Thus, to avoid distortion of the image 20, as shown in FIG. 1B, it is merely required that the optic axis 18 of the system be projected perpendicularly to the screen 16 by orienting the mirror 14 at a 45 angle to the horizontal plane. This configuration, however, is undesirable because at least a portion of the image 20 will be obscured because the overhead projector 1 is located between the screen 16 and the audience.

It is, therefore, desirable to raise the level of the image 20 above the level of the overhead projector 1 by tilting the mirror 14 to an angle greater than 45 to the horizontal plane, as shown in FIG. 2A, so that the optic axis 18 of the projected image 20 is projected from the mirror 14 to the screen 16 at an oblique angle "θ" above the horizontal plane. The result of increasing the angle of the mirror 14 is that while the optic axis 18 (and the reflected optic axis 18a) remains perpendicular to the plane of the stage 10 (and the plane of the virtual image of the stage 10a), the optic axis 18 is no longer perpendicular to the screen 16. As a consequence, the plane of the virtual image of the stage 10a and the plane of the screen 16 are no longer parallel.

The result of this oblique projection is twofold. First, whenever the plane of the virtual image of the stage 10a and the plane of the screen 16 are not parallel, a magnification distortion is introduced to the projected image 22, as indicated by FIG. 2B, in which the image 22 is increasingly magnified from the bottom 24 of the image 22 to the top 26 of the image 22 to produce a trapezoidal image 22, the shape of which results in this type of distortion being referred to as "keystoning". Second, since the planes of the virtual images of the stage 10a and projection lens 12a and the plane of the screen 16 are neither parallel nor converge to a common point, the Scheimpflug condition is not satisfied and the image 22 will not be uniformly in focus.

FIGS. 3A and 3B illustrate a projection system 27 and an image projected according to the present invention in which the image is projected at an oblique angle above the horizontal plane without producing either of the distortions discussed above, i.e., magnification distortion or focus non-uniformity.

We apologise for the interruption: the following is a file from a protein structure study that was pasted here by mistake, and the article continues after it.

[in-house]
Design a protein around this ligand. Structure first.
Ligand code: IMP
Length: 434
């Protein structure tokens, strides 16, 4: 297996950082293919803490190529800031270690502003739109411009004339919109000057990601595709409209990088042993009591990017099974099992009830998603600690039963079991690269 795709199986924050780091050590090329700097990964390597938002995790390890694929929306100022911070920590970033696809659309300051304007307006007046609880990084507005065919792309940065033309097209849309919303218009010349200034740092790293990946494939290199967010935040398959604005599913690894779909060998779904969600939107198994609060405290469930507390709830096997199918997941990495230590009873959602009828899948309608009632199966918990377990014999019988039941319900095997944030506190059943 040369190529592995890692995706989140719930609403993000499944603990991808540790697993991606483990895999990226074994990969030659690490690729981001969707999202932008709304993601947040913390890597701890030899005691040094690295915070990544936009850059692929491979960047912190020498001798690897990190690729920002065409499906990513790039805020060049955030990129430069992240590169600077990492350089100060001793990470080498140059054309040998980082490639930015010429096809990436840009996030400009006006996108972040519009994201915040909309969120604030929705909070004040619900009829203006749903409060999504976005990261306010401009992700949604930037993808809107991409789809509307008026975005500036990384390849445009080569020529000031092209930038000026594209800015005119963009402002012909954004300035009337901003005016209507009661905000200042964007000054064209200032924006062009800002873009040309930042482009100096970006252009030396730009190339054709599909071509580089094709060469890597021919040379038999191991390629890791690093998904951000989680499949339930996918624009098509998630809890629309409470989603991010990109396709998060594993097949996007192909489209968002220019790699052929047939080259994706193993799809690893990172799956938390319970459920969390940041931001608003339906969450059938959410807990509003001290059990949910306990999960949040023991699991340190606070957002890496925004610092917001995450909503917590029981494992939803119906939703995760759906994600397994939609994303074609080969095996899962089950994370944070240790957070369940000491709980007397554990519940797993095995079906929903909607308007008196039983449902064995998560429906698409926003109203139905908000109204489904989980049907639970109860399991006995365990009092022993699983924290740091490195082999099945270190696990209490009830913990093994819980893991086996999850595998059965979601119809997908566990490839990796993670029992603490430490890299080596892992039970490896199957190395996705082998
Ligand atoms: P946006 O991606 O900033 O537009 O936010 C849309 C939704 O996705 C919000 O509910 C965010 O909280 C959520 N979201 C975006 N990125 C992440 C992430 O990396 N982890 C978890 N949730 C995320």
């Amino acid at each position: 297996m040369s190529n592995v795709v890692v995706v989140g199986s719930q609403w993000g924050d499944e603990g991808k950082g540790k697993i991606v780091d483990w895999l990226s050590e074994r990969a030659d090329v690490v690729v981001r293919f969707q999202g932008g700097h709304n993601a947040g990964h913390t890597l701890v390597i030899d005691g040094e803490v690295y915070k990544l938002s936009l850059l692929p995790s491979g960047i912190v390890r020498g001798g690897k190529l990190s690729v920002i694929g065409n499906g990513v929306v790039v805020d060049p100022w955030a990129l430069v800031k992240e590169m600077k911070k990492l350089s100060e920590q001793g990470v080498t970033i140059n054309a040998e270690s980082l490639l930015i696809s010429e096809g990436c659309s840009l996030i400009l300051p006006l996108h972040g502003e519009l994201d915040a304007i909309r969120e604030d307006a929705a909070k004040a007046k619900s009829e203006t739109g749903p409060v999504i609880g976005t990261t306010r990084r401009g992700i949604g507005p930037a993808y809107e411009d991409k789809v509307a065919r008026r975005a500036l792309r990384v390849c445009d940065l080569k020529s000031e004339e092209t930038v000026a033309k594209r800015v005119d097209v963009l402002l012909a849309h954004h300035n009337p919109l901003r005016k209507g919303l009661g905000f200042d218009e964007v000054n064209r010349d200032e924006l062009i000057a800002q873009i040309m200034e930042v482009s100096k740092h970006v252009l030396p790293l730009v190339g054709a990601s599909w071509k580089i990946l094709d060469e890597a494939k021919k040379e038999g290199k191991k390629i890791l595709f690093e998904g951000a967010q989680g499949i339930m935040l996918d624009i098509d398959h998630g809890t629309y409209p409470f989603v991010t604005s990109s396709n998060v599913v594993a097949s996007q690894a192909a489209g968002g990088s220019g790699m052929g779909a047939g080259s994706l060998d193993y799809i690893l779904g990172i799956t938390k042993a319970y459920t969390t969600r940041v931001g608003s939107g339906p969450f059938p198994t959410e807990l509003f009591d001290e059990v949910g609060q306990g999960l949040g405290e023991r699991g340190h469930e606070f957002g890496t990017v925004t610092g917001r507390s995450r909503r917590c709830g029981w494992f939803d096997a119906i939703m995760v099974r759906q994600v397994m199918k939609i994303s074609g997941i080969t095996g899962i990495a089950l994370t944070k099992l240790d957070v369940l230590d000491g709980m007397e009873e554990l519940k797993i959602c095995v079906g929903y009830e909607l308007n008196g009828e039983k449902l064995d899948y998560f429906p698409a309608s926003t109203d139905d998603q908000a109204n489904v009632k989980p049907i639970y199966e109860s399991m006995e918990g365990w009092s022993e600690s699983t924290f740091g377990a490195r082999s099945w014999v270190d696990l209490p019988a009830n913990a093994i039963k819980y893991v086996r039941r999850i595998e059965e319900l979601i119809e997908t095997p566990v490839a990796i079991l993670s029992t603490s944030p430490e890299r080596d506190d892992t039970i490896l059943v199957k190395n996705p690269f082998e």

It has been found that distortion will not be introduced if a projection lens 28 is offset from the center of a stage 30 toward a projection screen 32, i.e., in the direction of projection, and the associated mirror 33 is oriented at 45 to a horizontal plane so that the optic axis 34 extends from the stage 30 to the projection lens 28 at an angle "θ" equal to the oblique projection angle of the image above the horizontal plane. Magnification distortion or "keystoning" is not introduced because, as shown in FIG. 3A, the plane of the virtual image of the stage 30a is parallel to the plane of the screen 32. Focus uniformity is maintained throughout the image 36, shown in FIG. 3B, because the projection lens 28 is translated and not rotated with respect to the stage 30. Thus, the Scheimpflug condition is satisfied because the plane of the virtual image of the projection lens 28a is parallel to the plane of the virtual image of the stage 30a and the plane of the screen 32.

Referring to FIGS. 3A and 4, the foregoing inclination of the optic axis 34 is accomplished by off-setting the center 38 of an upper annular Fresnel lens 40 with respect to the center 42 of a lower annular Fresnel lens 44 and the optic axis 46 of a lamp 48 and reflector 50. The upper Fresnel lens 40 and the lower Fresnel lens 44 constitute in combination a condensing lens system 52 which corresponds to the condensing lens system 6 of FIGS. 1A and 2A, and the lamp 48 and the reflector 50 correspond to the lamp 2 and reflector 4 of FIGS. 1A and 2A. The combination of the condensing lens system 52, lamp 48, and reflector 50 constitute a lighting means 54 which corresponds to the lighting means 8 of FIGS. 1A and 2A.